Like most databases, Cassandra throughput improves with more CPU cores, more RAM, and faster disks. While Cassandra can be made to run on small servers for testing or development environments (including Raspberry Pis), a minimal production server requires at least 2 cores, and at least 8GB of RAM. Typical production servers have 8 or more cores and at least 32GB of RAM.
Cassandra is highly concurrent, handling many simultaneous requests (both read and write) using multiple threads running on as many CPU cores as possible. The Cassandra write path tends to be heavily optimized (writing to the commitlog and then inserting the data into the memtable), so writes, in particular, tend to be CPU bound. Consequently, adding additional CPU cores often increases throughput of both reads and writes.
Cassandra runs within a Java VM, which will pre-allocate a fixed size heap (java’s Xmx system parameter). In addition to the heap, Cassandra will use significant amounts of RAM offheap for compression metadata, bloom filters, row, key, and counter caches, and an in process page cache. Finally, Cassandra will take advantage of the operating system’s page cache, storing recently accessed portions files in RAM for rapid re-use.
For optimal performance, operators should benchmark and tune their clusters based on their individual workload. However, basic guidelines suggest:
ECC RAM should always be used, as Cassandra has few internal safeguards to protect against bit level corruption
The Cassandra heap should be no less than 2GB, and no more than 50% of your system RAM
Heaps smaller than 12GB should consider ParNew/ConcurrentMarkSweep garbage collection
Heaps larger than 12GB should consider either:
16GB heap with 8-10GB of new gen, a survivor ratio of 4-6, and a maximum tenuring threshold of 6
Cassandra persists data to disk for two very different purposes. The first is to the commitlog when a new write is made so that it can be replayed after a crash or system shutdown. The second is to the data directory when thresholds are exceeded and memtables are flushed to disk as SSTables.
Commitlogs receive every write made to a Cassandra node and have the potential to block client operations, but they are only ever read on node start-up. SSTable (data file) writes on the other hand occur asynchronously, but are read to satisfy client look-ups. SSTables are also periodically merged and rewritten in a process called compaction. The data held in the commitlog directory is data that has not been permanently saved to the SSTable data directories - it will be periodically purged once it is flushed to the SSTable data files.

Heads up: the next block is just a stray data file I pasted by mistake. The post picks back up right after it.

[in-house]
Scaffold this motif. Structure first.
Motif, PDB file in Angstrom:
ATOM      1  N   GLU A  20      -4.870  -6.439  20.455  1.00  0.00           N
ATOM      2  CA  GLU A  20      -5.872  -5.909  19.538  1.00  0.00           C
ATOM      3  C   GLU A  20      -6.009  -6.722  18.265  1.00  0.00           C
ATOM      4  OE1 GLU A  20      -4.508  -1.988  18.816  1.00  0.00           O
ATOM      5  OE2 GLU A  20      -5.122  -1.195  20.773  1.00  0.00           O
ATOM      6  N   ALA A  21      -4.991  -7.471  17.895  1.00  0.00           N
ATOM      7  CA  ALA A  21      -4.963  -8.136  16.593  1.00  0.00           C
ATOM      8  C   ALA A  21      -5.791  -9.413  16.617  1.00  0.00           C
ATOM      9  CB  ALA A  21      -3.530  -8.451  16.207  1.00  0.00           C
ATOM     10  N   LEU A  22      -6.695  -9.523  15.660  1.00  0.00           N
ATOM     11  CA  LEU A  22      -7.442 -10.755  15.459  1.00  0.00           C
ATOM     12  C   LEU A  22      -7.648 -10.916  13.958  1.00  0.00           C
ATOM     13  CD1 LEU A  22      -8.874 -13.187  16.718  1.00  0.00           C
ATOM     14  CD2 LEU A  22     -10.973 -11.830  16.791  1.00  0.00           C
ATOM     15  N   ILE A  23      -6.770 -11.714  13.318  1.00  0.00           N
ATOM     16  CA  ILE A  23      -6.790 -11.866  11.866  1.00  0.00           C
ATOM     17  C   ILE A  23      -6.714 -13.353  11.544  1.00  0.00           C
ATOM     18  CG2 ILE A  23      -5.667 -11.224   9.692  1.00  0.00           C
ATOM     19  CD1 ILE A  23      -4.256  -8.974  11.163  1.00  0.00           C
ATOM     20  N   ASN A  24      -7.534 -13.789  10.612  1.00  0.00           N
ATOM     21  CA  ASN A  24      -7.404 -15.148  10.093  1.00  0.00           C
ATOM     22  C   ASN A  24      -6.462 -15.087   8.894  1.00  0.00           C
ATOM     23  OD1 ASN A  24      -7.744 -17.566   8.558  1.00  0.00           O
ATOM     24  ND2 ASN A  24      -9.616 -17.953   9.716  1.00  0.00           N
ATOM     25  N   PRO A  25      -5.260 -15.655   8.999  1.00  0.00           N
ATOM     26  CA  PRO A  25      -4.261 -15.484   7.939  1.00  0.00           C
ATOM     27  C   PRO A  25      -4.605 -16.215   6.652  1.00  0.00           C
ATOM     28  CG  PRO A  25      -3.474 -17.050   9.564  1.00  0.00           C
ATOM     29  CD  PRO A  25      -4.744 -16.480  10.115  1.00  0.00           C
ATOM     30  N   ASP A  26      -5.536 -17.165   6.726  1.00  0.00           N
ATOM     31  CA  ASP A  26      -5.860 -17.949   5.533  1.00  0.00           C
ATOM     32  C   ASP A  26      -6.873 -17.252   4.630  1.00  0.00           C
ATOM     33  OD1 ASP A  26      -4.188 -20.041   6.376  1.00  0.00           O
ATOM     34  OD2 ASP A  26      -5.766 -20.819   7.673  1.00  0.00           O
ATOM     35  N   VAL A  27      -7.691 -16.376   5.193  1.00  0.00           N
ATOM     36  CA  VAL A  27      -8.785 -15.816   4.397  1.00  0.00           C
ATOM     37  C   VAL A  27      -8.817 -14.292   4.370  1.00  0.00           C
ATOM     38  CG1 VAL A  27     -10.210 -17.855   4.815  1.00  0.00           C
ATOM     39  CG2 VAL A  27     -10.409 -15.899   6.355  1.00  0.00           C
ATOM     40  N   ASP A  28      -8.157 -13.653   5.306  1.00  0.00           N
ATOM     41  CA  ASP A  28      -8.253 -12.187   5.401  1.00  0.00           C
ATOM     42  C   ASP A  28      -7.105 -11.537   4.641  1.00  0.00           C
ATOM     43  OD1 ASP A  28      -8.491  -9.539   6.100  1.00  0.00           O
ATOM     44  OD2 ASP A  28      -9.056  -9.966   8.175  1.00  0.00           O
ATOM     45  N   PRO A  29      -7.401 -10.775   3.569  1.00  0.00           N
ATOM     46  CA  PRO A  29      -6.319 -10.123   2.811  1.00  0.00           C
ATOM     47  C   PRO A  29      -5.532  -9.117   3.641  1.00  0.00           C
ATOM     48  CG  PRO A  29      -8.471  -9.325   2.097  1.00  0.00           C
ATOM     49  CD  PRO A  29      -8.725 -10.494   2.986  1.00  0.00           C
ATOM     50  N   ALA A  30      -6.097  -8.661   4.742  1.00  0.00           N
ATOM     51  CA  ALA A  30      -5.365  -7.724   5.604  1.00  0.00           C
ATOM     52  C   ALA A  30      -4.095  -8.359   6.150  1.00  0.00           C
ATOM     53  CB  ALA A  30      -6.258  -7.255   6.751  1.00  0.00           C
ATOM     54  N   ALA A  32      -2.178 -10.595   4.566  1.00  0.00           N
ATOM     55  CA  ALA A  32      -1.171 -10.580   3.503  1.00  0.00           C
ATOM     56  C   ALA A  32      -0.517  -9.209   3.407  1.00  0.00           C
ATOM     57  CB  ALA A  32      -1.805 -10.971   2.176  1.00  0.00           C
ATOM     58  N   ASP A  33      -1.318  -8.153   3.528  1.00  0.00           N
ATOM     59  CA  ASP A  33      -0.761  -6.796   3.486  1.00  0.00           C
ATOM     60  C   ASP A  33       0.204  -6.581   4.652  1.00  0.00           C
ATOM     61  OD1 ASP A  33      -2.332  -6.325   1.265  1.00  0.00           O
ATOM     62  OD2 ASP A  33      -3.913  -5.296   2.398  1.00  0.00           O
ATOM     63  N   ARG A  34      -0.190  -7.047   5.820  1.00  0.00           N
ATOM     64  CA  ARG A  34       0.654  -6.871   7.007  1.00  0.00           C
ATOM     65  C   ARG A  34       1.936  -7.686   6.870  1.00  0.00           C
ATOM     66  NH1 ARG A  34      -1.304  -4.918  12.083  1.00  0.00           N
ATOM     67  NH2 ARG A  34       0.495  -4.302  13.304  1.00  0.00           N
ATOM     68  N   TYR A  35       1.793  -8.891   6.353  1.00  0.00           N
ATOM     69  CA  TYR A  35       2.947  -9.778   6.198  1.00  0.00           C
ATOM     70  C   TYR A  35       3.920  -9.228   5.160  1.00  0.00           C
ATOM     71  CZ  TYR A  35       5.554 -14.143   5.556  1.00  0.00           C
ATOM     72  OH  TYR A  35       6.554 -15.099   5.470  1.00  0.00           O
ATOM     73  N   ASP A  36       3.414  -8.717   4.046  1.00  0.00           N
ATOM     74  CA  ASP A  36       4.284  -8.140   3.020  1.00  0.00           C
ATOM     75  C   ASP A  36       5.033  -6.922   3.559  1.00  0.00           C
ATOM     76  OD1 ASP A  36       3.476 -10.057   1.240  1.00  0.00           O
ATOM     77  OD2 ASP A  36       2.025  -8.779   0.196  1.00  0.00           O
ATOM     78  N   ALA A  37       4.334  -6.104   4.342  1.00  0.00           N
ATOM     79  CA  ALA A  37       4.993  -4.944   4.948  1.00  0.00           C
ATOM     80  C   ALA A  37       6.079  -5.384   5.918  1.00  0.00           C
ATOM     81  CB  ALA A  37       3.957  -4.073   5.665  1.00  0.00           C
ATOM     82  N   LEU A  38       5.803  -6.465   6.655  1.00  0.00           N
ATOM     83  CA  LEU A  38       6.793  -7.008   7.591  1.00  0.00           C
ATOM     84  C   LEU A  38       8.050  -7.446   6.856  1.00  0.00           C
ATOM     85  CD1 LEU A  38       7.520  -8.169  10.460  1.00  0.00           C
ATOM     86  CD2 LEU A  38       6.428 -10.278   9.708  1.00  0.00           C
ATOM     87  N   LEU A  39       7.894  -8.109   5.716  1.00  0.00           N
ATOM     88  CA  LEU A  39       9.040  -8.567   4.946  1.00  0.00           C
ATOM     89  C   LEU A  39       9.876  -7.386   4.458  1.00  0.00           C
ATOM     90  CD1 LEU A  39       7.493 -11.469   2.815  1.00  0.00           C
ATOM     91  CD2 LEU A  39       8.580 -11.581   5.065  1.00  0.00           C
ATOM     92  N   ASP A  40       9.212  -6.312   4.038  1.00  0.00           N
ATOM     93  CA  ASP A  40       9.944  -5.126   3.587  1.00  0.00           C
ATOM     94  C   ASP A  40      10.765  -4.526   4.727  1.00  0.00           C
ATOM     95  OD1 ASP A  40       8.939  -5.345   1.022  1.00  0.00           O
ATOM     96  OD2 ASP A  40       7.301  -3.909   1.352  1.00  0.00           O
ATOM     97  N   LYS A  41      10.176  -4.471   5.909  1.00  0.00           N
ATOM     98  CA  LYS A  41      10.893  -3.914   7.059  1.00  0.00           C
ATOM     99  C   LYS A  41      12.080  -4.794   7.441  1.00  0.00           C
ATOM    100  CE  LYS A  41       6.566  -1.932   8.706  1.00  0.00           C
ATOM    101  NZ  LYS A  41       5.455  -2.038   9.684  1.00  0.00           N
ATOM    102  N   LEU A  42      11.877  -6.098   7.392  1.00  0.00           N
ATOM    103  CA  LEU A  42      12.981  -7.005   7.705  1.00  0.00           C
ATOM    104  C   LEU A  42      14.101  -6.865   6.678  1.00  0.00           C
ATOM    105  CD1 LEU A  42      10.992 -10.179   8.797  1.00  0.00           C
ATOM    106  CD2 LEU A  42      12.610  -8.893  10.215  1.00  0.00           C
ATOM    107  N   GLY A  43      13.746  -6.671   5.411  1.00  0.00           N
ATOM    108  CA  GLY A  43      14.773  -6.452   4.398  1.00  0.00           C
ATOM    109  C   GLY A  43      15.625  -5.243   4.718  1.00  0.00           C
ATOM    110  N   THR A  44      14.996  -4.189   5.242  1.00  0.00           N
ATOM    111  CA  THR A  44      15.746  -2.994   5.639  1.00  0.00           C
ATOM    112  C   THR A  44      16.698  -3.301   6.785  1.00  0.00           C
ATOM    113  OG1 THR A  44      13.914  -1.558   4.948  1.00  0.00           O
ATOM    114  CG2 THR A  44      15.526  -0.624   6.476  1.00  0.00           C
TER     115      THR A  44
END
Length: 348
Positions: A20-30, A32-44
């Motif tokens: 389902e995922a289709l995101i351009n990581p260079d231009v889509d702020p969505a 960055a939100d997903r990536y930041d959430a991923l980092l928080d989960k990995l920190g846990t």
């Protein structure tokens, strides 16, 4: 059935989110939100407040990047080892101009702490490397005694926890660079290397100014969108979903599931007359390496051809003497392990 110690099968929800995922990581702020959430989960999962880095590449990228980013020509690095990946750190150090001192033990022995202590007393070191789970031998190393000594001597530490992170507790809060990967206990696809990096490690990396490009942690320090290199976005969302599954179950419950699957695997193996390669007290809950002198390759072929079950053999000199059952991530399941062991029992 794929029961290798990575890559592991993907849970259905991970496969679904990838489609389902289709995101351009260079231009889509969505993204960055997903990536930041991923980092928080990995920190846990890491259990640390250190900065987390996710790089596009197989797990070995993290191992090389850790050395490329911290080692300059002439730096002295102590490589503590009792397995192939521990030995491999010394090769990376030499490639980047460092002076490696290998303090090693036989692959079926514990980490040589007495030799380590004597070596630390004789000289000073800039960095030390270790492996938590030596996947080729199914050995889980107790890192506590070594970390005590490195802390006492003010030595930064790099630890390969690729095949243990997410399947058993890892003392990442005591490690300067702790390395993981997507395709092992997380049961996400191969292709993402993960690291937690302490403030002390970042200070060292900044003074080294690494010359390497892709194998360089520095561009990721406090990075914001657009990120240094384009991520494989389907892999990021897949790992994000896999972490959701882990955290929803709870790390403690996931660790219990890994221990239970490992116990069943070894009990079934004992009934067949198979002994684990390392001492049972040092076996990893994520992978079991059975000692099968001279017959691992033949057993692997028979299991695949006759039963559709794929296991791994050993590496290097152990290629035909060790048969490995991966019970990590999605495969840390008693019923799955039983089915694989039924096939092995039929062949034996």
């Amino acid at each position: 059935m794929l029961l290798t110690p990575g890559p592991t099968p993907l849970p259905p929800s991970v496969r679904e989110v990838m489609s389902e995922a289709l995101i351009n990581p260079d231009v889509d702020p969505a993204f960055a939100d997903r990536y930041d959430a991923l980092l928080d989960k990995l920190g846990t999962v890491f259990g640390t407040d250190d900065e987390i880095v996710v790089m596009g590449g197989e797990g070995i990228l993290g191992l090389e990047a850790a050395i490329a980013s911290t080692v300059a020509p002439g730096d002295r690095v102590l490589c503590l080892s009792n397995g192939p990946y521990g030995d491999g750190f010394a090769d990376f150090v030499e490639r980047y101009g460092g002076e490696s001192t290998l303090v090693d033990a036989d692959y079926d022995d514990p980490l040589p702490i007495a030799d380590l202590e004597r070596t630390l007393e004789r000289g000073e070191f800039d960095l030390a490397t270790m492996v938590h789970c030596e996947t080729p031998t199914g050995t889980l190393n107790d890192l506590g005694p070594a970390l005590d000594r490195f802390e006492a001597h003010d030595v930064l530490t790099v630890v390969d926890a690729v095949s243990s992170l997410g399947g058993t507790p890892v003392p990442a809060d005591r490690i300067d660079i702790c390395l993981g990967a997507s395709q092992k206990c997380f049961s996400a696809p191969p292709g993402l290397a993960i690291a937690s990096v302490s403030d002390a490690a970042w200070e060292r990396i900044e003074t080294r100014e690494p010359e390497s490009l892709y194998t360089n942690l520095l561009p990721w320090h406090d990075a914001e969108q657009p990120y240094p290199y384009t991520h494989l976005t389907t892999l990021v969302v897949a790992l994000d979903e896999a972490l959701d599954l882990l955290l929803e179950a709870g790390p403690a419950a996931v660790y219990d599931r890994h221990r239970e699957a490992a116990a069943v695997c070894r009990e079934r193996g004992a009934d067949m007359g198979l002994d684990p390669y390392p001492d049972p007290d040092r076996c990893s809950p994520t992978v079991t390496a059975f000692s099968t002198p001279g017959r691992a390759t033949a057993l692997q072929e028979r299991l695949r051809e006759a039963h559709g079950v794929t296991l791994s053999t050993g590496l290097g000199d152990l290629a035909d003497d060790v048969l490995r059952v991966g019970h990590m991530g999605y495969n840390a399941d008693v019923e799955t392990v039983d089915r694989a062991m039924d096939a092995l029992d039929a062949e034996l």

Cassandra performs very well on both spinning hard drives and solid
state disks. In both cases, Cassandra’s sorted immutable SSTables allow
for linear reads, few seeks, and few overwrites, maximizing throughput
for HDDs and lifespan of SSDs by avoiding write amplification. However,
when using spinning disks, it’s important that the commitlog
commitlog_directory) be on one physical disk (not simply a partition,
but a physical disk), and the data files (
set to a separate physical disk. By separating the commitlog from the
data directory, writes can benefit from sequential appends to the
commitlog without having to seek around the platter as reads request
data from various SSTables on disk.
In most cases, Cassandra is designed to provide redundancy via multiple independent, inexpensive servers. For this reason, using NFS or a SAN for data directories is an antipattern and should typically be avoided. Similarly, servers with multiple disks are often better served by using RAID0 or JBOD than RAID1 or RAID5 - replication provided by Cassandra obsoletes the need for replication at the disk layer, so it’s typically recommended that operators take advantage of the additional throughput of RAID0 rather than protecting against failures with RAID1 or RAID5.
Many large users of Cassandra run in various clouds, including AWS, Azure, and GCE - Cassandra will happily run in any of these environments. Users should choose similar hardware to what would be needed in physical space. In EC2, popular options include:
i2 instances, which provide both a high RAM:CPU ratio and local ephemeral SSDs
i3 instances with NVMe disks
EBS works okay if you want easy backups and replacements
m4.2xlarge / c4.4xlarge instances, which provide modern CPUs, enhanced networking and work well with EBS GP2 (SSD) storage
Generally, disk and network performance increases with instance size and generation, so newer generations of instances and larger instance types within each family often perform better than their smaller or older alternatives.